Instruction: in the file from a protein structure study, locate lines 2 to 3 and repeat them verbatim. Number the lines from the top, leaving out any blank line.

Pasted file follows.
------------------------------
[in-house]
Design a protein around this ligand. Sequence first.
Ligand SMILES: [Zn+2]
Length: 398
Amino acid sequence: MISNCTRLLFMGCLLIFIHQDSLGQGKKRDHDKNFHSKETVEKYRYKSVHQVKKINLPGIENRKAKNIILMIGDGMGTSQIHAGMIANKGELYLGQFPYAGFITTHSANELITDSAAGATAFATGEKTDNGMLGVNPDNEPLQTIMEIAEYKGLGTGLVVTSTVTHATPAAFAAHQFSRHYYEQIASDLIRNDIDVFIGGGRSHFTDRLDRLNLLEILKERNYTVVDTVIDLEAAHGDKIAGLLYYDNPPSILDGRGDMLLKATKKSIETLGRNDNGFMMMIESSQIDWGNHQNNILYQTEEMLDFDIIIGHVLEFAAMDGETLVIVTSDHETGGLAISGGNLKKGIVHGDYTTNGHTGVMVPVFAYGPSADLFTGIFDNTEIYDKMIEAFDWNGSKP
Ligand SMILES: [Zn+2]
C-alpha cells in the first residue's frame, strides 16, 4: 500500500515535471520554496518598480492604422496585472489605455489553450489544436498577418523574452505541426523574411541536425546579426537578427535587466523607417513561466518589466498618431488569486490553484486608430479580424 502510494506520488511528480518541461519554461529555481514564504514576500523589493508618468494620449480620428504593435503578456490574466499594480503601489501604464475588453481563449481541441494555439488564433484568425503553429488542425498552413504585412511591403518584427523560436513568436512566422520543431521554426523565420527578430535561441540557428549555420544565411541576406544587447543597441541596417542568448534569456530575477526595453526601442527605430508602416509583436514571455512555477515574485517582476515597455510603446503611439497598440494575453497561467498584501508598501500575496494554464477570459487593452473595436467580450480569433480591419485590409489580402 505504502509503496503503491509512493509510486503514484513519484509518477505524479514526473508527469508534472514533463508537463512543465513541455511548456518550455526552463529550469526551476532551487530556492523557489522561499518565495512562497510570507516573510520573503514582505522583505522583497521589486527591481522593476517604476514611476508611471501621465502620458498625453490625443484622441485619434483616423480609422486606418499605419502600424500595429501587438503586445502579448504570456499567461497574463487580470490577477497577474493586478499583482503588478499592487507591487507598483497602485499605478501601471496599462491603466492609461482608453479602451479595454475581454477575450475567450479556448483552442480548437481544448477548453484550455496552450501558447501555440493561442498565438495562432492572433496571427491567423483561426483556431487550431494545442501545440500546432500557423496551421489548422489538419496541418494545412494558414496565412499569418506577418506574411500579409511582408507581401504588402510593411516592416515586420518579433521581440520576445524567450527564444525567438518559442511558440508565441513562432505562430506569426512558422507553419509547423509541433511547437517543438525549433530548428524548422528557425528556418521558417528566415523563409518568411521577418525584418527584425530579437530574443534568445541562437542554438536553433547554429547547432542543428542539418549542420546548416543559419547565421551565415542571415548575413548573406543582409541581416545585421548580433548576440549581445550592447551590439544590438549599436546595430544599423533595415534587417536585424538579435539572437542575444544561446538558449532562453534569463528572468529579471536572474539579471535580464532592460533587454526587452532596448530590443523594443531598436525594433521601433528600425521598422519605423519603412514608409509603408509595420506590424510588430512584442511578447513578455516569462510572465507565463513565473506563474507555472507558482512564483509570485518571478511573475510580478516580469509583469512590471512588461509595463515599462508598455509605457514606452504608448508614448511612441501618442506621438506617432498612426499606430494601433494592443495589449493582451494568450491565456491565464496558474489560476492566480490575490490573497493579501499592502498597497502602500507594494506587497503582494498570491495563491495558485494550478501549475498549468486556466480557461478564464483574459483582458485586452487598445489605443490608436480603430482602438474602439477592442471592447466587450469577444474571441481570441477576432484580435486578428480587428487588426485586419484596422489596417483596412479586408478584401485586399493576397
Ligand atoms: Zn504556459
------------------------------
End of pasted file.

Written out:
Design a protein around this ligand. Sequence first.
Ligand SMILES: [Zn+2]